Neurology Walterboro SC

Try a wide variety of mental games, from crossword puzzles to computer games. Experts say seniors tend to do what they're good at over and over again. While that may improve proficiency, it doesn't form new neuronal connections or boost neurotransmitter production in the brain like new and diverse experiences do.

Ken Curtis
(803) 366-2225
410 Oakland Ave
Rock Hill, SC
Business
Advanced Pain Relief Center
Specialties
Neurology, Chiropractic
Insurance
Insurance Plans Accepted: We accept all insurance plans.
Medicare Accepted: Yes
Workmens Comp Accepted: Yes
Accepts Uninsured Patients: Yes
Emergency Care: Yes

Doctor Information
Primary Hospital: Piedmont
Residency Training: Life College
Medical School: Life College, 1990
Additional Information
Member Organizations: SCCA Board of Directors, Sherman College Board of Regents
Awards: Commendation SC House of Representatives
Languages Spoken: English,Spanish

Data Provided by:
Charles S Jervey
(843) 723-0202
125 Doughty St
Charleston, SC
Specialty
Neurology

Data Provided by:
Cavert Keith Mc Corkle, MD
(864) 583-7265
1075 Boiling Springs Rd
Spartanburg, SC
Specialties
Neurological Surgery
Gender
Male
Education
Medical School: Med Univ Of Sc Coll Of Med, Charleston Sc 29425
Graduation Year: 1972
Hospital
Hospital: Spartanburg Reg Med Ctr, Spartanburg, Sc
Group Practice: Spartanburg Neurosurgical

Data Provided by:
Mark David Smith, MD
(803) 325-1618
175 Amendment Ave Ste 104
Rock Hill, SC
Specialties
Neurological Surgery
Gender
Male
Education
Medical School: Med Coll Of Ga Sch Of Med, Augusta Ga 30912
Graduation Year: 1997

Data Provided by:
Kenneth S Kammer, MD FACS
(843) 665-4758
305 E Cheves St Ste 300
Florence, SC
Gender
Male
Education
Medical School: Michigan
Graduation Year: 1973

Data Provided by:
Dr.John Johnson
(864) 454-4600
200 Patewood Dr # B260
Greenville, SC
Gender
M
Education
Medical School: Wayne State Univ Sch Of Med
Year of Graduation: 1977
Speciality
Neurosurgeon
General Information
Accepting New Patients: Yes
RateMD Rating
5.0, out of 5 based on 1, reviews.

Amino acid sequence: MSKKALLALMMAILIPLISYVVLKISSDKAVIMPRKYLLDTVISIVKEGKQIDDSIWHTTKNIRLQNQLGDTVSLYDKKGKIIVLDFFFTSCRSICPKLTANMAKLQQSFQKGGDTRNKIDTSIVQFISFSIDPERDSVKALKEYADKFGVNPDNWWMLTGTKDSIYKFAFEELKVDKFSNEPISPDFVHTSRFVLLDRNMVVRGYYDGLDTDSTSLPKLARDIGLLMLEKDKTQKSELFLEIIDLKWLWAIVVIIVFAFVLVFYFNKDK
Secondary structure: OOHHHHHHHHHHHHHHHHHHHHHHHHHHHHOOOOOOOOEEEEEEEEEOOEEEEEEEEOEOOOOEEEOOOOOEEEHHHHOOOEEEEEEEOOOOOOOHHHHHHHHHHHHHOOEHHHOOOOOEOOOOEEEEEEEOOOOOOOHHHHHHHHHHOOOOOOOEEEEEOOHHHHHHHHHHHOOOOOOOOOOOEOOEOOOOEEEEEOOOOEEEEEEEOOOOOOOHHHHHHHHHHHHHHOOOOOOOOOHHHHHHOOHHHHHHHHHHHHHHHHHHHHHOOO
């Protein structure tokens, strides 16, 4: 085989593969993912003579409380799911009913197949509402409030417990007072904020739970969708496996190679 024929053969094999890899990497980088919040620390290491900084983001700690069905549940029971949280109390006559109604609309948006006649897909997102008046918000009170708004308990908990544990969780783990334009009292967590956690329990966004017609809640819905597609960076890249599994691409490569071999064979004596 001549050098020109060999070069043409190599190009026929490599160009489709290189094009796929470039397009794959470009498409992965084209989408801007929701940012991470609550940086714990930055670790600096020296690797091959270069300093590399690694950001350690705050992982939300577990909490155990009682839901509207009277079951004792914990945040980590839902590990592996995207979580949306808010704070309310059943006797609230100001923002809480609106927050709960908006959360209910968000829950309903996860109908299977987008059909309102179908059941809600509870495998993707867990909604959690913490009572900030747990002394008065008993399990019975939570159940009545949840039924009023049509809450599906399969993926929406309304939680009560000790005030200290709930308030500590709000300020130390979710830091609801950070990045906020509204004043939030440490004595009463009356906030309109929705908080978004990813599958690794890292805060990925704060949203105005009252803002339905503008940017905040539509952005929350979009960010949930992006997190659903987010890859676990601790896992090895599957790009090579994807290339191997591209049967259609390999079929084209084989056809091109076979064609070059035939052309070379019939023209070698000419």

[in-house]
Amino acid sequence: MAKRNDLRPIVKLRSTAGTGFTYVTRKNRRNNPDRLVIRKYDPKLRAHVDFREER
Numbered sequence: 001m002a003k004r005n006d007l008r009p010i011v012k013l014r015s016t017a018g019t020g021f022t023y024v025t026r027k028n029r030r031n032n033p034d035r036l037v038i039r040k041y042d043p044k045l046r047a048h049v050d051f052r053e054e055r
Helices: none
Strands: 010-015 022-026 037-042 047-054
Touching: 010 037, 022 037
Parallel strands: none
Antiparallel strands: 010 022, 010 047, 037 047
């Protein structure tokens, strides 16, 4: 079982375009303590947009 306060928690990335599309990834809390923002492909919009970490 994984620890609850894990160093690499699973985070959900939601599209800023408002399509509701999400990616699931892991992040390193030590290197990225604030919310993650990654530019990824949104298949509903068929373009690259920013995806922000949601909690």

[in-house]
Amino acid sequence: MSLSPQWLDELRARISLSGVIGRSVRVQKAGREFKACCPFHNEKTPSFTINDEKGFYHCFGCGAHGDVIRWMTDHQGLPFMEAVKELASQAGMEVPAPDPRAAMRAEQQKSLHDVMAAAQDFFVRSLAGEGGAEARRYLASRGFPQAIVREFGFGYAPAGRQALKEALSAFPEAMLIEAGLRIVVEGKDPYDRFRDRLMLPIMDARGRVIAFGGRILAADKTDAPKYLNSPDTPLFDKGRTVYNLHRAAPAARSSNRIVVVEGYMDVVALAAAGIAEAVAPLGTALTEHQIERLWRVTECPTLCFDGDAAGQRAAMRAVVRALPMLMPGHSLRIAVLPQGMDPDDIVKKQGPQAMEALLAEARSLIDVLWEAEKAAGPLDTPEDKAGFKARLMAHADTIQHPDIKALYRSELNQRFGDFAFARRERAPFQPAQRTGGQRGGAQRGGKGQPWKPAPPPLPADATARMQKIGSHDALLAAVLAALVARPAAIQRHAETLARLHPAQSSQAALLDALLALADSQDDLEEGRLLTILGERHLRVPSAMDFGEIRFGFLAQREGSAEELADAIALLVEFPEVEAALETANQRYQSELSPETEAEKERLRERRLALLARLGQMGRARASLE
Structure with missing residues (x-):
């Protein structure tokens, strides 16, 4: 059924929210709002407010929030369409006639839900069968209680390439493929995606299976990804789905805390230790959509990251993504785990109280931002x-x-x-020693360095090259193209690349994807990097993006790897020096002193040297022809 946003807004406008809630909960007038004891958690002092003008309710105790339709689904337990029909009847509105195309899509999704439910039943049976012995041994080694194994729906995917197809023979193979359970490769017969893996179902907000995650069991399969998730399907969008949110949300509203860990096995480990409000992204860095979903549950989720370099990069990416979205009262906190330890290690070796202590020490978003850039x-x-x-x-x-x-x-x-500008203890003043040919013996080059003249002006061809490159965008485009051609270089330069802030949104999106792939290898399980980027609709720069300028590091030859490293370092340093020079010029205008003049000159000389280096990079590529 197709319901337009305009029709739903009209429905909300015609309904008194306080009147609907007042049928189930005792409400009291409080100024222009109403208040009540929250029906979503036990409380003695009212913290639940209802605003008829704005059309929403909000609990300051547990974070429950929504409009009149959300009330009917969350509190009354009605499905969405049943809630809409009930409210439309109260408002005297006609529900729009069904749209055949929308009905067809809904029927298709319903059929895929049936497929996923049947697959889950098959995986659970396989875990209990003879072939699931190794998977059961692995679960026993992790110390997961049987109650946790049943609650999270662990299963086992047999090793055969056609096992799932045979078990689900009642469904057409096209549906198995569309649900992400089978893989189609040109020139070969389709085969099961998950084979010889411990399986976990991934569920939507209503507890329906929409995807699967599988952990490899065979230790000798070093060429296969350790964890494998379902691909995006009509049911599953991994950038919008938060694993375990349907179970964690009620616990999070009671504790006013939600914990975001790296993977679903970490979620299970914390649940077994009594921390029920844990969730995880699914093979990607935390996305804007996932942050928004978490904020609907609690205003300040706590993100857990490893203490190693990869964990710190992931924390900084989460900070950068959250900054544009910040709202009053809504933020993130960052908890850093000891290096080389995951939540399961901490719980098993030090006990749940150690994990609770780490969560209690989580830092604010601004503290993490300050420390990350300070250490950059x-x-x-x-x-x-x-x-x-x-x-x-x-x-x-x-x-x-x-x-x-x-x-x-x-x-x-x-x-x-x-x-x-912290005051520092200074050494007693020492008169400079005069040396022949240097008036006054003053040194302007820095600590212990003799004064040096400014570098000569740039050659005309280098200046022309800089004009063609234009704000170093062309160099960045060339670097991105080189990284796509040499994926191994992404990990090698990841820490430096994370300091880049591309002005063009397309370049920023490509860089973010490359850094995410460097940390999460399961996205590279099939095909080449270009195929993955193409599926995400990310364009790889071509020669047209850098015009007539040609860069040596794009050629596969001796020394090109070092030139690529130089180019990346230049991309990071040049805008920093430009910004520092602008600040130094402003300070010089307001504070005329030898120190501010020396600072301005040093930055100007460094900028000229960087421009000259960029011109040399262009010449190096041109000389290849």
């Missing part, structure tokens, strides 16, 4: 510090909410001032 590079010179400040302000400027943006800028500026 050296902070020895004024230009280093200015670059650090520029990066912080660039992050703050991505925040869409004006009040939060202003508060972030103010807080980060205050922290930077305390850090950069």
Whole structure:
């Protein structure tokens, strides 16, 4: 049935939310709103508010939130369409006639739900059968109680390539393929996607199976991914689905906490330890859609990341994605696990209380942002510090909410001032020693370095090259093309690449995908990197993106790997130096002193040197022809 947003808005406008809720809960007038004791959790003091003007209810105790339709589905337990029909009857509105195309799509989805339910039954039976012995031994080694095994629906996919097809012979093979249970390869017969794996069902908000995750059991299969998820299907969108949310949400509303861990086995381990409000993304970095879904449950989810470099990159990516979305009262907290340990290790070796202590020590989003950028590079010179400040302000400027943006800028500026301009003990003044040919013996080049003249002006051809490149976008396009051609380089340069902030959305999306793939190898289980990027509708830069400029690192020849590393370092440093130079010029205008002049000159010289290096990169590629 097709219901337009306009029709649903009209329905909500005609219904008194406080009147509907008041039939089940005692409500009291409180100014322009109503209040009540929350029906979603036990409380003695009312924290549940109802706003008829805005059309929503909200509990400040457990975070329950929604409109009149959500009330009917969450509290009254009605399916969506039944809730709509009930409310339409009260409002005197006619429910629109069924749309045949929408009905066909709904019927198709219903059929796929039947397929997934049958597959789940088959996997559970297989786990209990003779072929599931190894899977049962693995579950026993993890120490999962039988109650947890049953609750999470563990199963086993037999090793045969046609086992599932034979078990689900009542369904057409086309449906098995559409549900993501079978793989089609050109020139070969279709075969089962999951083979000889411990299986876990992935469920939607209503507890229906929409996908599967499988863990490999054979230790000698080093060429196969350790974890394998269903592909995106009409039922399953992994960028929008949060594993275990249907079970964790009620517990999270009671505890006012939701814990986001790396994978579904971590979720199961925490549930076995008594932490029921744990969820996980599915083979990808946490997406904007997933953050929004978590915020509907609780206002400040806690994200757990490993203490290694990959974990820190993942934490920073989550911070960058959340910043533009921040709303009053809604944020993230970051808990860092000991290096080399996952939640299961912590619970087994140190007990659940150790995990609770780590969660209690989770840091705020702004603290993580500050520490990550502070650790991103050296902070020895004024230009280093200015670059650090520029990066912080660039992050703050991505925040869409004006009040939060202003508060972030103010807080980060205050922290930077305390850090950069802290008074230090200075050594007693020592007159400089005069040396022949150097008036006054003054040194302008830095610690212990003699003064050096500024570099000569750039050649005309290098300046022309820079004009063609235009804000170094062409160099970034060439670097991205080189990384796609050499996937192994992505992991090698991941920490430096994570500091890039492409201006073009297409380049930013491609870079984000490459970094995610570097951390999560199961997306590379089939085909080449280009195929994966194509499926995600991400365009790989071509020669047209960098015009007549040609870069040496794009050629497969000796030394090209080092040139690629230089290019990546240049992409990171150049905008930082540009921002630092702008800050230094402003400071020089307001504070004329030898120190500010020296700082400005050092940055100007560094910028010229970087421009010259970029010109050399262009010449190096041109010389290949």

Data Provided by:
Alton E Bryant III, MD
(843) 723-0202
125 Doughty St Ste 460
Charleston, SC
Specialties
Neurology
Gender
Male
Education
Medical School: Va Commonwealth Univ, Med Coll Of Va Sch Of Med, Richmond Va 23298
Graduation Year: 1989

Data Provided by:
Charles Neal Still, MD
(803) 776-4000
6439 Garners Ferry Rd
Columbia, SC
Specialties
Neurology
Gender
Male
Education
Medical School: Med Univ Of Sc Coll Of Med, Charleston Sc 29425
Graduation Year: 1959
Hospital
Hospital: William J B Dorn V A Hospital, Columbia, Sc

Data Provided by:
Dr.Paul Pritchard
(843) 792-1414
96 Jonathan Lucas Street #307
Charleston, SC
Gender
M
Speciality
Neurologist
General Information
Accepting New Patients: Yes
RateMD Rating
3.7, out of 5 based on 3, reviews.

Data Provided by:
Phanor L Perot, MD
(843) 792-2424
96 Jonathan Lucas St Ste 428 CSB
Charleston, SC
Specialties
Neurological Surgery
Gender
Male
Education
Medical School: Tulane Univ Sch Of Med, New Orleans La 70112
Graduation Year: 1952

Data Provided by:
Data Provided by:

7 Ways to Save Your Brain

Provided by: 

A 2009 Mayo Clinic study found that of 1,300 people ages 70 to 89, those that had regularly engaged in mentally challenging activities, such as reading, playing games, and doing crafts, in their 50s and early 60s were 40 percent less likely to develop memory loss than those who hadn’t. Follow these simple steps to stay sharp as you age.

Hone your manual skills: Learn a new instrument, start quilting, build a model airplane, or get going on those carpentry projects you’ve been putting off. Such activities not only help promote hand and finger dexterity, they also foster the development of new neural connections.

Learn one new word every day: This engages the brain’s language centers, frontal lobe, and memory circuits. “It’s like aerobics for your brain,” says George Washington University Neurology Professor Richard Restak, MD.

Challenge your short-term memory: Although iPhones and BlackBerries may be convenient, they have one downside: They’ve robbed us of the need to commit things to memory. Do it anyway. Memorize your grocery list, your friends’ phone numbers, the US presidents in order, every state’s capital city. As the saying goes, if you don’t use it, you lose it.

Mix it up: Try a wide variety of mental games, from crossword puzzles to computer games. Experts say seniors tend to do what they’re good at—over and over again. While that may improve proficiency, it doesn’t form new neuronal connections or boost neurotransmitter production in the brain like new and diverse experiences do.

Be friendly: Engage in social activities as much as possible. Multiple studies have shown that living a solo life can vastly increase your risk of dementia. One recent Swedish study of 2,000 men and women found that people living alone at age 50 had twice the risk of developing dementia 21 years later than those who were living with a partner in middle age.

Shut the TV off: Research shows that those who watch minimal TV are as much as 50 percent less likely to develop Alzheimer’s disease.

Keep working: Resist the temptation to retire early. A recent British study of 382 men found a significant association between later retirement and later onset of Alzheimer’s disease.

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